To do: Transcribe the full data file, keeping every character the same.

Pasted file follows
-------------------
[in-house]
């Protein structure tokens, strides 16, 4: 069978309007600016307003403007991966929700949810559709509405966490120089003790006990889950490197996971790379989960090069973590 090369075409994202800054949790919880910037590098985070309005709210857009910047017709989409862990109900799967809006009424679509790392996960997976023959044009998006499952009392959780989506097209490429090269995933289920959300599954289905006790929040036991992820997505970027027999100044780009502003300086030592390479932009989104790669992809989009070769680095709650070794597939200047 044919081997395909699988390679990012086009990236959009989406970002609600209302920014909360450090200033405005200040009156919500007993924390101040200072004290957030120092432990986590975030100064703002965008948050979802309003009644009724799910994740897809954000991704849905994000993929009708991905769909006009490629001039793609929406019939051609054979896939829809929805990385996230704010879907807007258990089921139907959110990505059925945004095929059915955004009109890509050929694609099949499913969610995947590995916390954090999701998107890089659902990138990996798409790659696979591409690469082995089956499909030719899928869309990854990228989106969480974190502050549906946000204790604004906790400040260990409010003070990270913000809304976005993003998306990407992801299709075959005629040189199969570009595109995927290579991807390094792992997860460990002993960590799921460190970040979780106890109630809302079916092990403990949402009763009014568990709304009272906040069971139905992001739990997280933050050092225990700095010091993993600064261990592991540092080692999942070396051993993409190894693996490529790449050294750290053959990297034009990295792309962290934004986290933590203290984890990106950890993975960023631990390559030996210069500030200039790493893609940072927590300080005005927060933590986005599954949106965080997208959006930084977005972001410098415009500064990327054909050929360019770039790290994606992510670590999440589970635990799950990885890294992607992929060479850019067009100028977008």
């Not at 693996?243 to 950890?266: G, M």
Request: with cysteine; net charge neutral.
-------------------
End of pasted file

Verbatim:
[in-house]
């Protein structure tokens, strides 16, 4: 069978309007600016307003403007991966929700949810559709509405966490120089003790006990889950490197996971790379989960090069973590 090369075409994202800054949790919880910037590098985070309005709210857009910047017709989409862990109900799967809006009424679509790392996960997976023959044009998006499952009392959780989506097209490429090269995933289920959300599954289905006790929040036991992820997505970027027999100044780009502003300086030592390479932009989104790669992809989009070769680095709650070794597939200047 044919081997395909699988390679990012086009990236959009989406970002609600209302920014909360450090200033405005200040009156919500007993924390101040200072004290957030120092432990986590975030100064703002965008948050979802309003009644009724799910994740897809954000991704849905994000993929009708991905769909006009490629001039793609929406019939051609054979896939829809929805990385996230704010879907807007258990089921139907959110990505059925945004095929059915955004009109890509050929694609099949499913969610995947590995916390954090999701998107890089659902990138990996798409790659696979591409690469082995089956499909030719899928869309990854990228989106969480974190502050549906946000204790604004906790400040260990409010003070990270913000809304976005993003998306990407992801299709075959005629040189199969570009595109995927290579991807390094792992997860460990002993960590799921460190970040979780106890109630809302079916092990403990949402009763009014568990709304009272906040069971139905992001739990997280933050050092225990700095010091993993600064261990592991540092080692999942070396051993993409190894693996490529790449050294750290053959990297034009990295792309962290934004986290933590203290984890990106950890993975960023631990390559030996210069500030200039790493893609940072927590300080005005927060933590986005599954949106965080997208959006930084977005972001410098415009500064990327054909050929360019770039790290994606992510670590999440589970635990799950990885890294992607992929060479850019067009100028977008």
């Not at 693996?243 to 950890?266: G, M």
Request: with cysteine; net charge neutral.